How does this help?

GB: If you think about it, data scientists are spending about 80% of their time simply massaging and wrangling the data to get it into a format so they can actually do something with it. In a data warehouse about 60% of the expense is the cost of the ETL processes and buying that software and running the ETL processes so you can have a data warehouse. Essentially, what we do is we just let the customer integrate all that data into the MarkLogic enterprise NoSQL database platform. We essentially take out the cost dimension and the time dimension so our customers tend to build applications very rapidly.

What is the biggest problem customers are dealing with as far as big data?

GB: When all the companies started moving into this whole next-generation database market, many people thought it was all about the fact that there was all this unstructured data that could not be managed, or about the speeds and feeds of social media, networking, and Internet of Things data.

Both of those are correct. Yes, there are the speeds and feeds problems and the data variety problems - the structured, unstructured, social media, video, voice data - but there is also the problem of integrating data in silos with data spread all over the enterprise, and that is predominantly structured data. One of our customers in the healthcare field had 140 HR systems, so if someone in the organization wanted to know something about the employees, data from 140 systems had to be brought together. It built a repository in MarkLogic and most of that data is structured data.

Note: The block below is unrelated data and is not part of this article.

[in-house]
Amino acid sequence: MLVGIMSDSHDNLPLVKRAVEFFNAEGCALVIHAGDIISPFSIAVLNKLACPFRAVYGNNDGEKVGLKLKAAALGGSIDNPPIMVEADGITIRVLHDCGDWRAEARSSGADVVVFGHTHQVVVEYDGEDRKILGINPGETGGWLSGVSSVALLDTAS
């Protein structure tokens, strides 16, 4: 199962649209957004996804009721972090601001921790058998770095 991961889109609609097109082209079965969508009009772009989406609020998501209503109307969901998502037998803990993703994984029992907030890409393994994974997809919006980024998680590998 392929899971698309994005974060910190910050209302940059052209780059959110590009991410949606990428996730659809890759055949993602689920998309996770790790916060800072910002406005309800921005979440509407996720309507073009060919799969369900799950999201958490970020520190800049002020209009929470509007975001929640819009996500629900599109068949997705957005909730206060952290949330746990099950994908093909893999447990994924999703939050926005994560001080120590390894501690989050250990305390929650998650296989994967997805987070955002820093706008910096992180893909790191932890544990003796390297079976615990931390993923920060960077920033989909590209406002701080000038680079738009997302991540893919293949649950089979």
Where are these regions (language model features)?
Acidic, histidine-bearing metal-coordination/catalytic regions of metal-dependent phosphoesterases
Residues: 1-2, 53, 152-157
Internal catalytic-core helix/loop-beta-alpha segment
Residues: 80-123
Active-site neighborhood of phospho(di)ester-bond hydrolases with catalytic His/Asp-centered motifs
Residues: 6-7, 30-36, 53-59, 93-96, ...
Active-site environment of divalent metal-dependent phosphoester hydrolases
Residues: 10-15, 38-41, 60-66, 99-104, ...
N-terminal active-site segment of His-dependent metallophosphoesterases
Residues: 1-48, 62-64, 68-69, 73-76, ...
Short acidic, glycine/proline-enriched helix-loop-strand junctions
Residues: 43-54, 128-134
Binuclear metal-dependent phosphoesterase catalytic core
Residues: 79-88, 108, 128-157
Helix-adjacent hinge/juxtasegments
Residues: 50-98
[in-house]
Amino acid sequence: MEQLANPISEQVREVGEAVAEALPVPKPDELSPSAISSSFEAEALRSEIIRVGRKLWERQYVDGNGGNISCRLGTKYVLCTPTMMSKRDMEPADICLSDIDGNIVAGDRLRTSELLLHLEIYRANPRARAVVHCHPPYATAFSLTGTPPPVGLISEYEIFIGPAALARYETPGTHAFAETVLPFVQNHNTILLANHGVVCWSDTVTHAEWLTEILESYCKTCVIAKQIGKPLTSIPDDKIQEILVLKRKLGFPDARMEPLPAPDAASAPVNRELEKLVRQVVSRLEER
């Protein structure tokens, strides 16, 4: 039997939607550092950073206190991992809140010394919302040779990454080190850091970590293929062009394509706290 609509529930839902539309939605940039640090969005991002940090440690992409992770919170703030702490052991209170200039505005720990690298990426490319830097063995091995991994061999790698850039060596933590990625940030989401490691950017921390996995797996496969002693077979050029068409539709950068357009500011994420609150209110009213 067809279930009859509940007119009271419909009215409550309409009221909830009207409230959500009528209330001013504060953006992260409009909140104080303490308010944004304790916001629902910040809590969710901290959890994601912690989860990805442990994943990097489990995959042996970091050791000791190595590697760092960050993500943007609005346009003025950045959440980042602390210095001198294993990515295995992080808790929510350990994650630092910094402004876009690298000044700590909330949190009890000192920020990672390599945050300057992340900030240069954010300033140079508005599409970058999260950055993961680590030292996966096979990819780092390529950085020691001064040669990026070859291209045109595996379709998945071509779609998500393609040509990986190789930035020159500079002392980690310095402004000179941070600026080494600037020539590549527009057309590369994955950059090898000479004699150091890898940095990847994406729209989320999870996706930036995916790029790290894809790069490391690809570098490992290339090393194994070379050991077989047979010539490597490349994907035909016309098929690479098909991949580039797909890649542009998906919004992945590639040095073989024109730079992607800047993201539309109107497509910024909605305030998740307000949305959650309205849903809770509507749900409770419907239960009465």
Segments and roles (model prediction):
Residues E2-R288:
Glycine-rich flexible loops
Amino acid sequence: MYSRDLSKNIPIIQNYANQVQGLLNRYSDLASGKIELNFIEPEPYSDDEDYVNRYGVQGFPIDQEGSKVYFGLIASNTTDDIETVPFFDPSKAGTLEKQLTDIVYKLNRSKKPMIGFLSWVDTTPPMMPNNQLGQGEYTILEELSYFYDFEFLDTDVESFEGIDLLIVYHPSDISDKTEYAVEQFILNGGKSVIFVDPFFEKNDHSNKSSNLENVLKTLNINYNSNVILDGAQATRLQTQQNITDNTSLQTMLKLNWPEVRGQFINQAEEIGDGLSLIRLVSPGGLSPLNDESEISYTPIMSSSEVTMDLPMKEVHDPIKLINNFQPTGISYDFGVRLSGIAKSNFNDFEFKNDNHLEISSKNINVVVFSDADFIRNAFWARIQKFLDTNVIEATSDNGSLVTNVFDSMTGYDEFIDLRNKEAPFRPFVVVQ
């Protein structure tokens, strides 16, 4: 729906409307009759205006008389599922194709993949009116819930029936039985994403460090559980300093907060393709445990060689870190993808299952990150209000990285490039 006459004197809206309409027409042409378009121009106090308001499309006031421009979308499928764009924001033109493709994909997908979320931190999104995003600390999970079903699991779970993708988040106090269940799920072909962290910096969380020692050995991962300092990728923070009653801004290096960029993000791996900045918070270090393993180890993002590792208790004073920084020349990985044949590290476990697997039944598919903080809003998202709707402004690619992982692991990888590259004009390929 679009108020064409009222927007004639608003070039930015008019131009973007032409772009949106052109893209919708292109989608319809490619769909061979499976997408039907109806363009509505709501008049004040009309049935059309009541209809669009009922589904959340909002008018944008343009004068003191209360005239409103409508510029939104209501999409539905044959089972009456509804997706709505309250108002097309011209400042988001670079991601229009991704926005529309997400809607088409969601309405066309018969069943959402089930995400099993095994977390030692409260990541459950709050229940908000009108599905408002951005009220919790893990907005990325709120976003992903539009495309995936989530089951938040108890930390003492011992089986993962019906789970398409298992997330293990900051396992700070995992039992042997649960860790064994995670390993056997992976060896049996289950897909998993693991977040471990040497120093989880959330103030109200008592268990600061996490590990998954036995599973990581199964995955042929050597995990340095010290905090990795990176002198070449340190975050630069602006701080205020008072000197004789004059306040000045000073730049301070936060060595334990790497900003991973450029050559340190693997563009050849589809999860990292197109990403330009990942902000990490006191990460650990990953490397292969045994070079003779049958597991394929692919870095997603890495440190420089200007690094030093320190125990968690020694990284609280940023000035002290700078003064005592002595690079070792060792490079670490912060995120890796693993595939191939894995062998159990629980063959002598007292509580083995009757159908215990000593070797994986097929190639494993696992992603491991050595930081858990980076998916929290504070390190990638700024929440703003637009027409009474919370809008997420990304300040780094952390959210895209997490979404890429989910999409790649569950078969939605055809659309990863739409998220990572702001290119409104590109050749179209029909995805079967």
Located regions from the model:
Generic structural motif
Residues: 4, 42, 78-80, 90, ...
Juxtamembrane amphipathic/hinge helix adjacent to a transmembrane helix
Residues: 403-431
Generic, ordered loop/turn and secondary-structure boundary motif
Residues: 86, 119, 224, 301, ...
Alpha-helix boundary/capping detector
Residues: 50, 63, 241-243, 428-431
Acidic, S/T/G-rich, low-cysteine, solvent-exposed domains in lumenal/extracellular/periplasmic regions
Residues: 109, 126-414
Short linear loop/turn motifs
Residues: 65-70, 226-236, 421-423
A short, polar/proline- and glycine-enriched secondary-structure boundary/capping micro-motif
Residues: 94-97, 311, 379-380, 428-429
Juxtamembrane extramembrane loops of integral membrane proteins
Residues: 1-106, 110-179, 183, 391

The big data challenge is not just unstructured data.

When we talk about integrating data in silos, it is all three of those data categories. It is structured data, the variety of data around unstructured, and the high volume data as well. Just like most of the modern architectures we run on pretty traditional scale-out, elastic Intel architecture. We became the database underneath Obamacare, bringing together all the healthcare policies so they could have an Amazon.com-like experience for people to purchase healthcare insurance in the U.S.

MarkLogic 9 will be released later this year? How does it fit in?

GB: It complements a lot of features that we have already built such as tiered storage, semantics - capabilities that allow organizations to have these big repositories and merge that data.

What is new in the release?

GB: In MarkLogic 9, we focused on three primary themes. Giving customers more tools to integrate data; that is number one. Then, if we are going to create this master repository of all trade data, or all HR data, all financial data, or all intelligence data, then security becomes really important, that is the number two. And third, is that these systems get pretty big, pretty fast and they running in complicated environments. For example, the system might include a physical on-premise data center in the U.S. and a cloud provider in Europe, so data must be moved between these different places. Those are the three things – continuing to improve the ease with which customers can integrate data once it is in the database; making it highly secure; and the third, giving the customer the tools to manage it.

What has been done for data integration?